Cisco Blogs
Share

Research Spotlight: Enabling Evil for Pocket Change

- April 4, 2016 - 0 Comments

This post is authored by Tazz.

 

EXECUTIVE SUMMARY

At the end of February, one of the researchers on the team received a solicitation email from a domain reseller, which she reviewed the first week of March.  The email was from Namecheap offering deeply discounted domains for .88 cents. The timing of the email couldn’t have been more ironic as it overlapped with some current research into determining if there is a relationship between domain pricing and an aggregation of domains related to malware/phishing/spamming. This article will discuss the relationship between deeply discounting domains and nefarious activities.  For the purpose of discussion in this article, the word malicious will include malware, phishing, and spam activities.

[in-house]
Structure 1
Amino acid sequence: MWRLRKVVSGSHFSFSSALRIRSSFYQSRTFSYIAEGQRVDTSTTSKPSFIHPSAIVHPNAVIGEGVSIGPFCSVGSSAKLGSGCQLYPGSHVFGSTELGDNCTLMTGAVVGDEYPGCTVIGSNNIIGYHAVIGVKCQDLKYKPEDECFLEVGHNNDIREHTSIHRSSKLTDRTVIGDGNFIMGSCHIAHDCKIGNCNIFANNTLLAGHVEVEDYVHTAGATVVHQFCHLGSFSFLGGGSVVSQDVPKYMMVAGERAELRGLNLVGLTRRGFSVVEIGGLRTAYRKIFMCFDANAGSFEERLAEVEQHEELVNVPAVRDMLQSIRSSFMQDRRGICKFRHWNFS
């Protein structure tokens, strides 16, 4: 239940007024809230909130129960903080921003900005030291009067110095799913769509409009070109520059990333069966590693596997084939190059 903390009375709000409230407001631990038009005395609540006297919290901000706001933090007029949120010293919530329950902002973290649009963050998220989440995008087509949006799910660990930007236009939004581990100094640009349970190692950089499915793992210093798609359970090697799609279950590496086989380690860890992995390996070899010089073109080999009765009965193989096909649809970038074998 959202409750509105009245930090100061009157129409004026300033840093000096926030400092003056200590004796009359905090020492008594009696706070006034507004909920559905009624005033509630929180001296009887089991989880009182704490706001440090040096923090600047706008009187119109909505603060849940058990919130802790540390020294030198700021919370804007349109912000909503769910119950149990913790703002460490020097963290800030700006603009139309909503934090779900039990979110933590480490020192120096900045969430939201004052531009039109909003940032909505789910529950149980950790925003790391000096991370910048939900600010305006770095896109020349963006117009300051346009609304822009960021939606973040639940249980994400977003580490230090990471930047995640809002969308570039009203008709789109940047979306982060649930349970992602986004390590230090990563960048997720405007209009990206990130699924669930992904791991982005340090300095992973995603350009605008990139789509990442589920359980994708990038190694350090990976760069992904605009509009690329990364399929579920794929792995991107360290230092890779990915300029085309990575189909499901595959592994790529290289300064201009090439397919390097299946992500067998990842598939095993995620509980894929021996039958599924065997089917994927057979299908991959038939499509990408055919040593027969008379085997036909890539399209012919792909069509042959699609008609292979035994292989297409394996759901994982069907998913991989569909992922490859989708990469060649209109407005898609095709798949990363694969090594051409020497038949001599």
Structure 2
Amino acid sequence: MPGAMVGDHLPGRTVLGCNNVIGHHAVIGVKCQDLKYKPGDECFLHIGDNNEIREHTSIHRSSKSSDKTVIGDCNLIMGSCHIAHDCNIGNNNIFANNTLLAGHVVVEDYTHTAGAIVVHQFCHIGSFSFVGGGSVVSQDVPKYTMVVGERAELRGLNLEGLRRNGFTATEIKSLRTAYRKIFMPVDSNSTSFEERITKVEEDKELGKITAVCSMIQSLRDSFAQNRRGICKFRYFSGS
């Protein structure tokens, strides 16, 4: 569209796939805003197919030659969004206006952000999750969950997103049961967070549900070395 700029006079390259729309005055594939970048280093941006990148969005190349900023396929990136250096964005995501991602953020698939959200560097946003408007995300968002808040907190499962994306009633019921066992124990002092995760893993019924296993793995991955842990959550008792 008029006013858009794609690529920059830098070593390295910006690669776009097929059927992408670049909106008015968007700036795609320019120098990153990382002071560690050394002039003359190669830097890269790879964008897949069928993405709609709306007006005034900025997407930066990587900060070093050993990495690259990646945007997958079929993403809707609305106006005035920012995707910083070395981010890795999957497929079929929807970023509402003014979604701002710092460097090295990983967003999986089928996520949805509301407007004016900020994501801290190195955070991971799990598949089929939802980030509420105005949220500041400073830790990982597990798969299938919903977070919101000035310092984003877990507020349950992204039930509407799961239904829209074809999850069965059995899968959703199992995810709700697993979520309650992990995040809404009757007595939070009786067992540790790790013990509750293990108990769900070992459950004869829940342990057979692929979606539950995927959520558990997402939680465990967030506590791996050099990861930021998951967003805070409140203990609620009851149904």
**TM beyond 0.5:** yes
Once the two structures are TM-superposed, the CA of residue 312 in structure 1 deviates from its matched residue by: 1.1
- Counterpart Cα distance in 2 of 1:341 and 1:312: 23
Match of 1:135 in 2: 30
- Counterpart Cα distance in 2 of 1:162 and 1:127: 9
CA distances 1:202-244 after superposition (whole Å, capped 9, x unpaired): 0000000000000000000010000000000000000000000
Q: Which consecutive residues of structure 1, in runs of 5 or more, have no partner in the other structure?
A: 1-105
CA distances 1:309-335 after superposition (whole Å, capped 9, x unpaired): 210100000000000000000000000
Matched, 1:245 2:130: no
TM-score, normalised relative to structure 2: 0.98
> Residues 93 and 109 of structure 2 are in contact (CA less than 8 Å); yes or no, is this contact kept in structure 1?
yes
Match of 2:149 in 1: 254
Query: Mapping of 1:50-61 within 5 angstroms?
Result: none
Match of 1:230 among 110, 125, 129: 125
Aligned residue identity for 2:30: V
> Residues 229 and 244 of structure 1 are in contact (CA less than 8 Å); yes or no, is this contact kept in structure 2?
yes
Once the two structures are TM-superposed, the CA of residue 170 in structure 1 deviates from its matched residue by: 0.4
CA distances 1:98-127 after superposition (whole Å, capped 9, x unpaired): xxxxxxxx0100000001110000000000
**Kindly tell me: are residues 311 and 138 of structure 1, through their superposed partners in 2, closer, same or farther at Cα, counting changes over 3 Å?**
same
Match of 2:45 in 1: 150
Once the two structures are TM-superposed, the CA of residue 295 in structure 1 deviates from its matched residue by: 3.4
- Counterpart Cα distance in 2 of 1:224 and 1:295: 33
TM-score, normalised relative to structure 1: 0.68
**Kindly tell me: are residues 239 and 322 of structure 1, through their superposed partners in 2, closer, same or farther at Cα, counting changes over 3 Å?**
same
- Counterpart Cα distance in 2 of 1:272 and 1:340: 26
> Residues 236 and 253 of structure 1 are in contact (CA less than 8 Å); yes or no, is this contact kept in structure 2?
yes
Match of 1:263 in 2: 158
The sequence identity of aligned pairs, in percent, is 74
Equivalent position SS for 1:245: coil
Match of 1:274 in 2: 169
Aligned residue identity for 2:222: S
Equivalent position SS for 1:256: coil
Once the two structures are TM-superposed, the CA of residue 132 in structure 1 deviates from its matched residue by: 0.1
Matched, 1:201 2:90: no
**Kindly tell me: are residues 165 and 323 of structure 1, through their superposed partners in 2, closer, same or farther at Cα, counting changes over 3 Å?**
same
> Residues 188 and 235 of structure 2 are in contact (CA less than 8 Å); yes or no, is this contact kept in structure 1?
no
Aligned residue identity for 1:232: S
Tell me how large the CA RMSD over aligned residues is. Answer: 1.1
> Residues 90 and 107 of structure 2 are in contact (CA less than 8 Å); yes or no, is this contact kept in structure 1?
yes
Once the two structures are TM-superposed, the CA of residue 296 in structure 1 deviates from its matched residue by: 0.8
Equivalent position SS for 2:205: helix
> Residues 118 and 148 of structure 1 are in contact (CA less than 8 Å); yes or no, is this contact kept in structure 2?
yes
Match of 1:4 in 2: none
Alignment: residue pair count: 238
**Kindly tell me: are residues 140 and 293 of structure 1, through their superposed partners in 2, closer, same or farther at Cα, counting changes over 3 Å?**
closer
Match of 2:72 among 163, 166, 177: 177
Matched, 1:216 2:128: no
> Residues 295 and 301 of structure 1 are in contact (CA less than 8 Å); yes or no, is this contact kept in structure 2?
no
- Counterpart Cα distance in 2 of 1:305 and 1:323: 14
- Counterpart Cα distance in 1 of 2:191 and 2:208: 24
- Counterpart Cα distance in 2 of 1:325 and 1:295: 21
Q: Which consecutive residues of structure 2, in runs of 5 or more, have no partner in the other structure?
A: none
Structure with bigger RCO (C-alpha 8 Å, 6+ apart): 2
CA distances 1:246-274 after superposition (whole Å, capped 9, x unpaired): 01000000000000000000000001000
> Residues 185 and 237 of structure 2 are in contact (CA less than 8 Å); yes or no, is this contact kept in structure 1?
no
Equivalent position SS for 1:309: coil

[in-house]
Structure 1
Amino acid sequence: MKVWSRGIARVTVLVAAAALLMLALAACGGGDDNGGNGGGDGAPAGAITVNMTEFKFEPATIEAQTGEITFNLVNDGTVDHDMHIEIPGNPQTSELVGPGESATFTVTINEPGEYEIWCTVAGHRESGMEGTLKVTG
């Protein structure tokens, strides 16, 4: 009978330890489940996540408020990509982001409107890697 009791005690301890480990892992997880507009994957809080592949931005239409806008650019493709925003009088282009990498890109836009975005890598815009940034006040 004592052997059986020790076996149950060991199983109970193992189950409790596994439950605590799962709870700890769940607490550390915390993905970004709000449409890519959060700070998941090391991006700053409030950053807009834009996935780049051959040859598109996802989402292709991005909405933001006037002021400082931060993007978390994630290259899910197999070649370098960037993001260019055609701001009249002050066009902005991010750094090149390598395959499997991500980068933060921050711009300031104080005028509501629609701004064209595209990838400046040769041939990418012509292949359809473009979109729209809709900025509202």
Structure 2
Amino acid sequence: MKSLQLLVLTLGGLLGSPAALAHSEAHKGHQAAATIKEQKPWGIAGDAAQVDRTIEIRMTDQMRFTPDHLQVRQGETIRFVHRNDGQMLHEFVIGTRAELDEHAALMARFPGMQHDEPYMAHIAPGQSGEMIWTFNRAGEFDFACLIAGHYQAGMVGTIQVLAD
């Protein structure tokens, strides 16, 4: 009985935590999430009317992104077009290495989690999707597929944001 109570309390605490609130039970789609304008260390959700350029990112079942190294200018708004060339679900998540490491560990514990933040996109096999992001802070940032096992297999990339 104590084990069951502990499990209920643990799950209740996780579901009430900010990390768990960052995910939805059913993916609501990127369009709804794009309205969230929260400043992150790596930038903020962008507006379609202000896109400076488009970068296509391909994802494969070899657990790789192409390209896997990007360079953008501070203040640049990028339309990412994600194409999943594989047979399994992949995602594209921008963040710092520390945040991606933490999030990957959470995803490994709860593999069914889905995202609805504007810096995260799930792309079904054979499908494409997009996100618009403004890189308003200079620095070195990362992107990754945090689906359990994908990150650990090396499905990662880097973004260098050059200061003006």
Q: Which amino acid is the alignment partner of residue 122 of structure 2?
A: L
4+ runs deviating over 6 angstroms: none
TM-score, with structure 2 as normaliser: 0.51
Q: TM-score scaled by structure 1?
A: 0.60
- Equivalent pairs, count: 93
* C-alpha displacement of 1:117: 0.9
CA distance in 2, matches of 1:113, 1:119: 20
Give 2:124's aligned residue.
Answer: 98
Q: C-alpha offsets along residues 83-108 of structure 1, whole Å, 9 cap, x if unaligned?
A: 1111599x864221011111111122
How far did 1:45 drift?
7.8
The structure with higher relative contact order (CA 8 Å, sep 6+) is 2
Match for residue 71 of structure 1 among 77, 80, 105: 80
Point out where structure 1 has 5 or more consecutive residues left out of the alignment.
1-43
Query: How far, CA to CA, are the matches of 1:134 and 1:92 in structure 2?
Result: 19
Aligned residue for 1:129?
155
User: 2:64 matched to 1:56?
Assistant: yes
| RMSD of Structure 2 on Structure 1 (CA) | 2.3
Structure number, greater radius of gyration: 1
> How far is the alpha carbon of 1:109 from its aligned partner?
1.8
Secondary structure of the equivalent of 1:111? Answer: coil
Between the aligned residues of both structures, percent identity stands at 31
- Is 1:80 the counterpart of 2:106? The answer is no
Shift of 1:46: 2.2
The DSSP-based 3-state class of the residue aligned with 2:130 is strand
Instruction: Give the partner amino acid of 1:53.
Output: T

BACKGROUND

Talos has previously investigated the magnetic relationship between bad guys and cheap/free services.  When it comes to the Internet, undoubtedly you get what you pay for, and when it’s cheap/free it’s bound to be infested with bad guys.  We saw this philosophy ring true with dynamic DNS, and saw bad guys leveraging cheap services when actors migrated to dynamic DNS which you can read more on https://blogs.cisco.com/security/dynamic-detection-of-malicious-ddns.

Any businessman, good or bad, seeks to make money, fast.  To do this, one must maximize return on investment and/or find a market with a low cost of entry.  If it costs $5,000 to get started, that might not be feasible for many, especially a criminal, but if it only costs $50 or even $5, well there’s obviously a greater chance that many people will seek out that market.  These rules are no different when it comes to bad guys doing bad things on the Internet.  So, given this email offering deeply discounted TLDs, the team formed a hypothesis and we began digging.

Hypothesis:  When domain prices are <= $1 there will be an increase in registrations and a corresponding increase in malicious activities associated with the TLDs.

Read more >>

Tags:

In an effort to keep conversations fresh, Cisco Blogs closes comments after 60 days. Please visit the Cisco Blogs hub page for the latest content.

Share